7. Chemical-intensive clothing poses dangers to human health. Skin is the body’s largest organ. One of its major jobs is to protect internal systems. But skin also acts as a conduit, a way of entering the bloodstream through absorption. Chemicals and pesticides from synthetic materials and non-organic cotton make their way into human bodies through our skin. If you care about what you put in your body, you must also care what you put on your body. Health issues from such toxic chemical exposure range from headache to asthma to cancer.
8. The dangers of GMO/ chemical cotton and synthetic fibers increase the more your clothing promises. “Easy care” garments are especially saturated by chemicals, such as formaldehyde, triclosan and pre-fluorinated chemicals, to give clothes features such as anti-microbial, anti-odor or anti-wrinkle characteristics. Formaldehyde, used to eliminate wrinkles, static, odor and bacteria from clothes, is highly toxic and known to cause cancer, skin ulcerations, heart palpitations, eczema, asthma and other health issues. The U.S. Environmental Protection Agency classifies pre-fluorinated chemicals—which make fabric stain resistant—as cancer-causing agents. Triclosan is another chemical used in clothing to prevent the growth of bacteria on athletic clothing. These chemicals in “easy care” garments enter the bloodstream via the skin. Clothing containing nanoparticles, often marketed as stain- or odor-resistant, represents a new and ominous health and environmental threat. Nanoparticles in consumer products are neither labeled nor safety-tested.
9. What women wear “down there” is not as innocuous as you may think. Because feminine hygiene products are considered “medical devices,” those who manufacture pads and tampons are not required to disclose their ingredients. Bleached and made from the chemical- and pesticide-drenched materials of non-organic cotton and rayon (wood pulp), pads and tampons contain various ingredients that may be toxic and absorbed through skin and mucous membranes. The FDA regulates the process through which tampon materials are bleached, claiming that levels of dioxins (toxic, chemically-related compounds common in environmental pollutants) are at or below the “detectable level” and that such trace amounts do not trigger health concerns. The World Health Organization explains that “dioxins are highly toxic and can cause reproductive and developmental problems, damage the immune system, interfere with hormones and also cause cancer.” Dioxins are present in environmental pollution, and commonly consumed by humans through food. Alhough new bleaching procedures for tampon materials generate a significantly less amount of dioxins, trace amounts remain.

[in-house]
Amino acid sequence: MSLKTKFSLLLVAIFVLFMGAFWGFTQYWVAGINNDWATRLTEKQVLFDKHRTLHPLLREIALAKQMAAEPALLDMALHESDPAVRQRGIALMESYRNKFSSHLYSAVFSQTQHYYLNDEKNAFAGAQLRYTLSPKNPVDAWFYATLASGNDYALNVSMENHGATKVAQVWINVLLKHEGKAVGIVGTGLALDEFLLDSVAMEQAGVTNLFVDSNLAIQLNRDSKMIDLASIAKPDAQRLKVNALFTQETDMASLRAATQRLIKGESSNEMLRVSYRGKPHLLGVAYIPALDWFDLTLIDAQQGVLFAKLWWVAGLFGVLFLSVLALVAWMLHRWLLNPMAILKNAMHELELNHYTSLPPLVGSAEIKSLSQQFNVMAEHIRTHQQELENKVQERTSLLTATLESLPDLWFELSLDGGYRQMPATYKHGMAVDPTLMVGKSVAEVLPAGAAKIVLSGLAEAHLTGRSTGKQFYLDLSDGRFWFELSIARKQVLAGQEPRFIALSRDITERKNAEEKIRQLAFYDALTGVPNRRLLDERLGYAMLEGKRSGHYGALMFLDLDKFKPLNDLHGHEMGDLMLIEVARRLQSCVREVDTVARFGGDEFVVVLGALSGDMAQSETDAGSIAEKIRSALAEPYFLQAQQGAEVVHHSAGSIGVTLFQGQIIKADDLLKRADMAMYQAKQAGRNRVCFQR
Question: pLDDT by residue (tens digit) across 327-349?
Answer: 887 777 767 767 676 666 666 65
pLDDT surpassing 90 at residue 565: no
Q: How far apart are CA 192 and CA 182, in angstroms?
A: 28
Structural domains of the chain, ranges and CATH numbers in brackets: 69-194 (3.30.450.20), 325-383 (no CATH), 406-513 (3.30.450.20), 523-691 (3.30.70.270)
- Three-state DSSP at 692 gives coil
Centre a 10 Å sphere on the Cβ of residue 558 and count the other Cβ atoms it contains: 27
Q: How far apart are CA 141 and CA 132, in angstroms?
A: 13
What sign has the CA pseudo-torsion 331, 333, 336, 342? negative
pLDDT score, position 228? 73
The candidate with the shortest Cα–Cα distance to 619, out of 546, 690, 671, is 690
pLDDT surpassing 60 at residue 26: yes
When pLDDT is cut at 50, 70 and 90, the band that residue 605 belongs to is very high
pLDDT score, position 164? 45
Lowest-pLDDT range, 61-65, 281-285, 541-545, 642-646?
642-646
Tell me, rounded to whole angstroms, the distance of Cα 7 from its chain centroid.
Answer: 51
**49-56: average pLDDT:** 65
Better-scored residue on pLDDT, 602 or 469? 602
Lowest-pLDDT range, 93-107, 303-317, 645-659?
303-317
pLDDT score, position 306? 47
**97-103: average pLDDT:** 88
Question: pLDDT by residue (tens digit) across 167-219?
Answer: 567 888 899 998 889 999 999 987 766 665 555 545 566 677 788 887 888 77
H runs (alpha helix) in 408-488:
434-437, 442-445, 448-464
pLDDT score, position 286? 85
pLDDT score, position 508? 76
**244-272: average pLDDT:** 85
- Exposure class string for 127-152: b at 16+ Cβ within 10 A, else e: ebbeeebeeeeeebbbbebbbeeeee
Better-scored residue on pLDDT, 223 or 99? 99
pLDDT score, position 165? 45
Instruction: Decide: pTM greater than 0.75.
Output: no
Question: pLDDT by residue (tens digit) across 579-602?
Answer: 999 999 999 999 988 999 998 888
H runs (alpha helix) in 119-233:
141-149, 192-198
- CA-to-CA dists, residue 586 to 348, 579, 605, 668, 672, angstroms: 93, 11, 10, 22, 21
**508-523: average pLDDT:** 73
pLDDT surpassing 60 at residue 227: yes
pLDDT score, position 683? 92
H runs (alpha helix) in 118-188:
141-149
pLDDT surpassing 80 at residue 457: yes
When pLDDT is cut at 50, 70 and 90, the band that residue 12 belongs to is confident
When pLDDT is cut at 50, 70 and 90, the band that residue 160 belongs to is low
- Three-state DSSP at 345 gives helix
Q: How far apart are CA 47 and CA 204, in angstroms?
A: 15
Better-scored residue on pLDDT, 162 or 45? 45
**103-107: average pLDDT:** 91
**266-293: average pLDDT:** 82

Cotton used in pads and tampons also contain the pesticide residue from the highly treated crop, as well as genetically modified ingredients. What looks like cotton can also be bleached wood pulp, or rayon, a semi-synthetic material made in a chemically-intensive process. Toxic Shock Syndrome, a rare and dangerous illness caused by a bacterial infection from Staphylococcus aureus, has been linked to super-absorbent tampons made of a blend of synthetic materials including rayon. Toxic Shock Syndrome occurs from leaving such tampons inserted for long periods of time, creating both an environment for the bacteria to grow as well as tears and abrasions inside the vagina. As with anti-odor clothing, tampons with fragrance or anti-odor properties contain more chemicals that may be harmful to health. Safer alternatives to conventional feminine hygiene products include organic tampons and pads.
10. The choices you make regarding your clothing and textiles are not only expressions of style or identity, but are vital to personal health as well as environmental and ethical responsibility. You should feel good in your clothes—good about the way your clothes were produced and made, good about their effects on your health, and good about the way they make you feel. Consumerist culture is toxic in the way it encourages people to constantly buy and replace clothing produced through unethical conditions. It can be difficult to divorce yourself from this toxic culture, to establish your clothing choices outside of this pressure. To not care about clothes and textiles is not the solution. The solution, rather, is to care what you wear. The solution is to care how fibers are produced and processed, to care how your clothes are made, to care what is in the garments you wear next to your skin, and ultimately, to care how you feel wearing them.
It’s time to care about what we put on or in our bodies and into the environment. It’s time to address the issue of sweatshops in the fields as well as sweatshop factories. It time to Care What We Wear as we consider Clothes for a Change.